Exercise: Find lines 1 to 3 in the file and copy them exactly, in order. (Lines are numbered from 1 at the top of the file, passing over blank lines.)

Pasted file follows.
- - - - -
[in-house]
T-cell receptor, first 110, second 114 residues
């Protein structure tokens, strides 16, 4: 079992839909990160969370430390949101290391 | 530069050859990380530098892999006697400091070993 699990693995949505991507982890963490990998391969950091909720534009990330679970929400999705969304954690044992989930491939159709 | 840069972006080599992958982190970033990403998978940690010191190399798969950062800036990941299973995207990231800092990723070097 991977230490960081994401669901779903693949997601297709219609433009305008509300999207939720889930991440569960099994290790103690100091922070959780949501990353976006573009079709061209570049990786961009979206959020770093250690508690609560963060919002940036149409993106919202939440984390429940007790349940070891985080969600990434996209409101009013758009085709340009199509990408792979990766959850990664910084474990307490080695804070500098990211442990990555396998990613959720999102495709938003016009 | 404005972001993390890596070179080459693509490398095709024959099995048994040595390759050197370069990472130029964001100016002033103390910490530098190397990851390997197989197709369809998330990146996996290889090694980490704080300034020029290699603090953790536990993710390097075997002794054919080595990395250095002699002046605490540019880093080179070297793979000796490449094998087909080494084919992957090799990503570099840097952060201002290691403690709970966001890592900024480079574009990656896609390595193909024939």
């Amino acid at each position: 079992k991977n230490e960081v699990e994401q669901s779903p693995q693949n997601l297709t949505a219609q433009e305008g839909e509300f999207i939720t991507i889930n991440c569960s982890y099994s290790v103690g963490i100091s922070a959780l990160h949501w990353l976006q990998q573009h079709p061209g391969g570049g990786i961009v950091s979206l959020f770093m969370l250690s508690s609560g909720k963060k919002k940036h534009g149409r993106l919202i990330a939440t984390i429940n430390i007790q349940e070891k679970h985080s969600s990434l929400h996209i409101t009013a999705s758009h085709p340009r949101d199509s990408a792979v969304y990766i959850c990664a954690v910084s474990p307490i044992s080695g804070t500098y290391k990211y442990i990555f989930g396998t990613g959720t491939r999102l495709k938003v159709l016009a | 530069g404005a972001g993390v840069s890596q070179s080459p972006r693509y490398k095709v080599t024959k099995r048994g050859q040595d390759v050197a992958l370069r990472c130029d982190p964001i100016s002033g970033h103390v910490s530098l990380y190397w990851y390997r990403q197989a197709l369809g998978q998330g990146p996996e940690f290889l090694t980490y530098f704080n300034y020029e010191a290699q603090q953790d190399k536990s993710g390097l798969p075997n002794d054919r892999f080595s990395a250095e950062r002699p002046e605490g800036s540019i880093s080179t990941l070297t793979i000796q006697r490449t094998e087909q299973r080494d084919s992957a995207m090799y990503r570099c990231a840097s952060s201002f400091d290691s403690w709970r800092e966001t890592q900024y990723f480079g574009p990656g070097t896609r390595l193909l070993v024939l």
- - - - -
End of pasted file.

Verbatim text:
[in-house]
T-cell receptor, first 110, second 114 residues
């Protein structure tokens, strides 16, 4: 079992839909990160969370430390949101290391 | 530069050859990380530098892999006697400091070993 699990693995949505991507982890963490990998391969950091909720534009990330679970929400999705969304954690044992989930491939159709 | 840069972006080599992958982190970033990403998978940690010191190399798969950062800036990941299973995207990231800092990723070097 991977230490960081994401669901779903693949997601297709219609433009305008509300999207939720889930991440569960099994290790103690100091922070959780949501990353976006573009079709061209570049990786961009979206959020770093250690508690609560963060919002940036149409993106919202939440984390429940007790349940070891985080969600990434996209409101009013758009085709340009199509990408792979990766959850990664910084474990307490080695804070500098990211442990990555396998990613959720999102495709938003016009 | 404005972001993390890596070179080459693509490398095709024959099995048994040595390759050197370069990472130029964001100016002033103390910490530098190397990851390997197989197709369809998330990146996996290889090694980490704080300034020029290699603090953790536990993710390097075997002794054919080595990395250095002699002046605490540019880093080179070297793979000796490449094998087909080494084919992957090799990503570099840097952060201002290691403690709970966001890592900024480079574009990656896609390595193909024939």